Senior Canadian diplomat Richard Colvin testified at a House of Commons committee in mid November that he warned the Canadian government and military officials that Afghan detainees being turned over by Canadian soldiers were being tortured.
“[O]ur actions were counter to our own stated policies. In April 2007, Prime Minister Stephen Harper said publicly that “Canadian military officials don't send individuals off to be tortured.” That was indeed our official policy. But behind the military's wall of secrecy, that, unfortunately, is exactly what we were doing.”
A longer excerpt from his testimony is in The Globe and Mail website here.
The push back came quickly, of course. The Globe and Mail reported two days later that “The Harper government devoted the day to a public-relations counteroffensive against Mr. Colvin through phone calls and e-mails to reporters, as well as Mr. MacKay’s attacks. It painted the career diplomat’s testimony as groundless and “ridiculous” and suggested his reports of torture ultimately stem from Taliban propaganda.”
"We are being asked to accept testimony from people who throw acid in the faces of schoolchildren and who blow up buses of civilians in their own country," Defense Minister Peter MacKay reportedly told the Commons on November 19.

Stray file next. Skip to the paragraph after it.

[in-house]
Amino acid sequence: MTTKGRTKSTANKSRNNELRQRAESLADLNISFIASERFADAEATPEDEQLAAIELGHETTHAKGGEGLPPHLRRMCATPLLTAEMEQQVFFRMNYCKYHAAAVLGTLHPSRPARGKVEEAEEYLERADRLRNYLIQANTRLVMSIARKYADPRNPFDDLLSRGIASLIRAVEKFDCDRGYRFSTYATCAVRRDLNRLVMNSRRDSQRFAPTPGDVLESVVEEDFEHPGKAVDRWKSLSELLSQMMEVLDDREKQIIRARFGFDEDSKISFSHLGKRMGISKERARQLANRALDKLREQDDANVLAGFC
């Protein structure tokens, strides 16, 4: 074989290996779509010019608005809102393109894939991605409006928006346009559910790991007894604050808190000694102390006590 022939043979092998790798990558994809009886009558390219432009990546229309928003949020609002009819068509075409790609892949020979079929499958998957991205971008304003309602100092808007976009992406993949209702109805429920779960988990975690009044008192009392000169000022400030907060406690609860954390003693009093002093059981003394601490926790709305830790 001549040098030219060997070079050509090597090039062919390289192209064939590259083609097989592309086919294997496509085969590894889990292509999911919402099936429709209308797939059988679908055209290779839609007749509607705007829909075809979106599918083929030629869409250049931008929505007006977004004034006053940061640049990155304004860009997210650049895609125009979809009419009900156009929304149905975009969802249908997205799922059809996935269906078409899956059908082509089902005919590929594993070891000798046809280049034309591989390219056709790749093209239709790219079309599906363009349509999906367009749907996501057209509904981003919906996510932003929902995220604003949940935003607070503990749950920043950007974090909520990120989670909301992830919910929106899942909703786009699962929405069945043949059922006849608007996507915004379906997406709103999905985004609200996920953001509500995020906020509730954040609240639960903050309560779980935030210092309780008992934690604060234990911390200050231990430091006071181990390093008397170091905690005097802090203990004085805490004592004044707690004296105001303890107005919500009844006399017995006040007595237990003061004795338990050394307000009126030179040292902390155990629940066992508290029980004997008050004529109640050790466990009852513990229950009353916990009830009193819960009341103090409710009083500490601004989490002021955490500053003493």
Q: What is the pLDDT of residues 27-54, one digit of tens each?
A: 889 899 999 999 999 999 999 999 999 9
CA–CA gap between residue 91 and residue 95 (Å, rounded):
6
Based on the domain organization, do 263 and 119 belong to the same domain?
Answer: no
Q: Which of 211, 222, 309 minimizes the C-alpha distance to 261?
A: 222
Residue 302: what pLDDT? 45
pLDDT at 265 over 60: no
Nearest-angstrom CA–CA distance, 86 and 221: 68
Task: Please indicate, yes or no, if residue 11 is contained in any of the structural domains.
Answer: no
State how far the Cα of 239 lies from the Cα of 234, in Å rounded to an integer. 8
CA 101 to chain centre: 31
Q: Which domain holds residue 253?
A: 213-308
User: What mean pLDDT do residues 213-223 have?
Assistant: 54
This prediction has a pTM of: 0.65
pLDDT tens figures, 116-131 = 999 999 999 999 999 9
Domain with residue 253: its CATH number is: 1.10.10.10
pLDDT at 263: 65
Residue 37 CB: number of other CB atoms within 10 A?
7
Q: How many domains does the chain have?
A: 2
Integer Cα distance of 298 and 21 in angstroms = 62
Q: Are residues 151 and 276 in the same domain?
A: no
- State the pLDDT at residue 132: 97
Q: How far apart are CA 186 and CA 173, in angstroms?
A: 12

Today, several somebodies finally came forward to defend Mr. Colvin. Steven Chase and Campbell Clark reports that twenty-three former ambassadors are speaking out against the Harper government's attacks on the diplomat’s credibility, saying that Ottawa's response to his Afghan detainee abuse testimony threatens to cast a chill over Canada's foreign service. More from the report:
The ex-heads of Canadian diplomatic missions say in a letter released to the media that they're worried the treatment of Mr. Colvin will discourage diplomats from reporting frankly to Ottawa from their foreign postings.
"The Colvin affair risks creating a climate in which officers may be more inclined to report what they believe headquarters wants to hear, rather than facts and perceptions deemed unpalatable," the ex-ambassadors say.
"A fundamental requirement of a foreign service officer is that he or she report on a given situation as observed or understood," the former heads of mission said. "It is only in this way that any government can draw conclusions knowledgeably and make its considered decisions, even if at variance with the reports received."
Read the whole thing here.